With something like 20 restaurants now in Little Italy, it's hard to make much of an impact when you open a new one. People eat in this neighborhood because of its reputation for good, moderately priced, family-run restaurants. They usually don't want exotic dishes; they go for the traditional pasta dishes, the fried calamari, the veal scaloppine, the scampi.
The owner of the newly opened Aldo's has wisely, at least in the business sense, decided to offer traditional southern Italian home cooking. But having done that, Aldo Vitale had to figure out how to differentiate his restaurant from all those other restaurants that offer traditional southern Italian home cooking.
He's done it in two ways. First, he's tried to create the most beautiful restaurant in Little Italy. Second, he offers free valet parking. It's hard to say which will draw more customers, given the parking situation.
Aldo's is one very pretty restaurant, though. I'm not saying you'll want to decorate your living room this way, but you have to admire the cream and cappuccino facade with its decorative columns. And you have to admire what lies behind it. You enter through an etched-glass doorway to a fin de siecle bar - potted palm and all - then walk back to a center hallway with a dining room on either side. A simple vase of lush, peach-colored roses at the maitre d's station sets the tone. The dining rooms have windows opening onto the central corridor, which gives the restaurant a very pleasant indoor-outdoor feeling.
With its graceful decor and tuxedoed waiters, Aldo's could be one of Little Italy's more formal restaurants - except that people come dressed quite casually, as they usually do when they eat in this neighborhood. Still, the service is excellent here, befitting a more "serious" restaurant; the staff is attentive and friendly without being presumptuous. And because our waiter handled a spilled glass of red wine so beautifully (he simply moved us to another table without making anyone feel guilty), I give them an extra half-star for service.
Notice how long it's taken me to get to the food? With so much else going for Aldo's, the kitchen needs to get up to speed. What was good about our meal was very, very good. Sadly, what went wrong could easily have been avoided.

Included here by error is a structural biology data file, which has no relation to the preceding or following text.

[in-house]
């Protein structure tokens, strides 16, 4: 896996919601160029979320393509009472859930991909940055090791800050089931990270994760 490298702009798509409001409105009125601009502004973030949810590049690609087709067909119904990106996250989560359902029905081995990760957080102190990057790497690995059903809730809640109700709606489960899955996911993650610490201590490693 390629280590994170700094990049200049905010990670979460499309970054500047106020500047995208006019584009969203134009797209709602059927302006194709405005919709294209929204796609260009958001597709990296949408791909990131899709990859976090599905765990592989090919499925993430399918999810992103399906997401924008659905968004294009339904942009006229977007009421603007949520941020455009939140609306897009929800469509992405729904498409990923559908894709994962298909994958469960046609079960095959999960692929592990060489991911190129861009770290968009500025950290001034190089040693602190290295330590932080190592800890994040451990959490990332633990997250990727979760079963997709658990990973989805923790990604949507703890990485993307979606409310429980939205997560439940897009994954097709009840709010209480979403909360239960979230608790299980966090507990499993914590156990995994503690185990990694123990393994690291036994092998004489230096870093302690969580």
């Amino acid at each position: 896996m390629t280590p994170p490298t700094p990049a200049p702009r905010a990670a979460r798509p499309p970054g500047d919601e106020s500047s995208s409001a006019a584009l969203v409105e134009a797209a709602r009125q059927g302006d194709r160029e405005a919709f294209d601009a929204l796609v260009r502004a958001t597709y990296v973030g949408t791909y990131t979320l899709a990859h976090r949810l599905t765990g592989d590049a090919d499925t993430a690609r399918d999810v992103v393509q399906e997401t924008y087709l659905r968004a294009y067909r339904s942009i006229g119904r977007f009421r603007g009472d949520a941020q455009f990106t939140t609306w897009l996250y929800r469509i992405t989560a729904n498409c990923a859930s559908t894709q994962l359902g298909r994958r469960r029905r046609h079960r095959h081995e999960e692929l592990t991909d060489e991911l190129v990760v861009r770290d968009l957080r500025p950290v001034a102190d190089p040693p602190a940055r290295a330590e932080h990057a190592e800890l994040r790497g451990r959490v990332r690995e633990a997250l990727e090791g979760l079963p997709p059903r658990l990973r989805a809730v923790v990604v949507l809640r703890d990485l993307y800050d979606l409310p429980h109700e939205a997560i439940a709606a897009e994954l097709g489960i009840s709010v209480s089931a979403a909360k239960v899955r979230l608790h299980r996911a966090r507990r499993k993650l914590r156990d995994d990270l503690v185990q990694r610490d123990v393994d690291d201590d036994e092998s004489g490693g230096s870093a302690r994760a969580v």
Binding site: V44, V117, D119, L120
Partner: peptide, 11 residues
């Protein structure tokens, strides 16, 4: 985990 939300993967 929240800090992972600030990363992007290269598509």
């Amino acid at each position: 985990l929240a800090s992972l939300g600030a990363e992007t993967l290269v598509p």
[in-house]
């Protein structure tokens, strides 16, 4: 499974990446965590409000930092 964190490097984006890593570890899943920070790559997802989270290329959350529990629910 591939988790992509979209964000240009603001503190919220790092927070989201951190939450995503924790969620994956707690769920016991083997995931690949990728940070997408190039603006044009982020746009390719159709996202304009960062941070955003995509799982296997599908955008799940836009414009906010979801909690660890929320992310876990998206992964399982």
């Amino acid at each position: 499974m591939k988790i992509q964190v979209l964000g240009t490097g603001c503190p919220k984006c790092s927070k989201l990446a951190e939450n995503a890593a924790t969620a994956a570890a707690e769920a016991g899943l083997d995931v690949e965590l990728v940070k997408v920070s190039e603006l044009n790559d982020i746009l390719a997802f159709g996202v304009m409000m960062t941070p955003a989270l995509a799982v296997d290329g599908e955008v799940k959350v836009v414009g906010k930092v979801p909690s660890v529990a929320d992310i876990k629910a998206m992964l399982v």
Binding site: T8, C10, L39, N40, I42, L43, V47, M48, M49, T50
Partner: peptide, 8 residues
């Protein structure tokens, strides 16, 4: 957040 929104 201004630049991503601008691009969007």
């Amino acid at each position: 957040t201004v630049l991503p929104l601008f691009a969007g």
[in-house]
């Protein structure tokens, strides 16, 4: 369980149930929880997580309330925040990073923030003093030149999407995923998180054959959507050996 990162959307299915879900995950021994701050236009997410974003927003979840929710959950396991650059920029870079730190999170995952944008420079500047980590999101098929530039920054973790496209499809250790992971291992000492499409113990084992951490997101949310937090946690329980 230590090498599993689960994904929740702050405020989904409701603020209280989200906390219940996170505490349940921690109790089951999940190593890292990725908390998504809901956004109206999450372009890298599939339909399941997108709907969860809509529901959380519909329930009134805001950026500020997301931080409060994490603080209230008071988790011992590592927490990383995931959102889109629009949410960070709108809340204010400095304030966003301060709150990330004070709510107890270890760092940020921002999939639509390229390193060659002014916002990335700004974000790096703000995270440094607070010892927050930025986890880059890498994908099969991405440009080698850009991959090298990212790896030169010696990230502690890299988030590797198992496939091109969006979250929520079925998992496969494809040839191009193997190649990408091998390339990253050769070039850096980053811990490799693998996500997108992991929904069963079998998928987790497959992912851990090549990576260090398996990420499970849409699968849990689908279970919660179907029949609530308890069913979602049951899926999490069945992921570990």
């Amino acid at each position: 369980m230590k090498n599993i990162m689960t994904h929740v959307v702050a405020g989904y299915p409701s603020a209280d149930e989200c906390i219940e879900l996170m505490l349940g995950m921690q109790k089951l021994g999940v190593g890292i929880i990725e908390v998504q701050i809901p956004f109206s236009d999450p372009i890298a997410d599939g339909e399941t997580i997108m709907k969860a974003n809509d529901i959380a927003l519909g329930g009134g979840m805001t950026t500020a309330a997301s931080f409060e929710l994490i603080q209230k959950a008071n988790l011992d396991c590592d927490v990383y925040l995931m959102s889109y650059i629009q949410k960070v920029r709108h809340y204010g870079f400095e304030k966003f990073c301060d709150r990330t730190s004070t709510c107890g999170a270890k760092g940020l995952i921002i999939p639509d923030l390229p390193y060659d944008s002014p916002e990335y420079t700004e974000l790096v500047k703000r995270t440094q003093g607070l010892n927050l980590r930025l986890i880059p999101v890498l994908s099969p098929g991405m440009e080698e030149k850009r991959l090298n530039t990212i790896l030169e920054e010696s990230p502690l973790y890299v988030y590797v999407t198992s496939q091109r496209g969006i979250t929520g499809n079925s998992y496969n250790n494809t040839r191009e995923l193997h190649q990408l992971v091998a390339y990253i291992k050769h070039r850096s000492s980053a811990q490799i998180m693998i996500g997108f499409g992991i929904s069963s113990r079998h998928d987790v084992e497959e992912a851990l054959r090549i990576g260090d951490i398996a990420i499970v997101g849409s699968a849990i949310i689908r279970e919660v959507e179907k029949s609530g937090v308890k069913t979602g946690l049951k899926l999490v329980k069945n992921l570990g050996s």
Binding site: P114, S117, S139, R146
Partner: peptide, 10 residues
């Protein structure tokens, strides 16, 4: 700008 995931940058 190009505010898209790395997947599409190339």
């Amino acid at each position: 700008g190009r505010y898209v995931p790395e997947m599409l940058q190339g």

Take the tenderloin tips in a dark, flavorful red-wine sauce. The dish came from the kitchen stone cold. I'm presuming it sat and waited while the other entrees were being finished.
What could have been a delicious veal scaloppine with sauteed peppers and wild mushrooms suffered because the winey sauce hadn't been simmered long enough to get rid of the raw taste of alcohol.
A beautiful fruitti di mare posillipo had a noteworthy tomato sauce, bright and fresh, and the shellfish were nestled on good pasta. But the star of the dish, the lobster chunks, tasted chewy and a bit dry.
The best of our main courses was the most modest, ear-shaped orecchiette pasta. It was tossed with pleasantly bitter broccoli rabe and mild Italian sausage sauteed in good, garlicky olive oil.
In fact, all the pasta was excellent. The one of us who had the cold tenderloin tips devoured her side dish of penne with its light, fresh tomato sauce and grated Parmesan.
First courses, too, made us happy: golden fried calamari; fat, garlicky shrimp sauteed in butter; a fresh-tasting plate of sauteed red, green and yellow peppers; a tangy arugula salad with balsamic vinaigrette. Also worthy of note was Aldo's excellent bread.
So we started well, and we would have ended well if we had all ordered the cannoli. It was a particularly good version of an old standard, with a thin, crisp shell and a creamy, just-sweet-enough ricotta filling. Alas, a lemon curd tart and a mille-feuille pastry, both of which could have been wonderful, tasted a bit long in the tooth.
Where: 306 S. High St.
Hours: Open every night for dinner
Prices: Appetizers, $7.50-$9.50; entrees, $14-$29; major credit cards
Rating system: Outstanding: ****; Good: ***; Fair: **; Poor: *
Pub Date: 5/10/98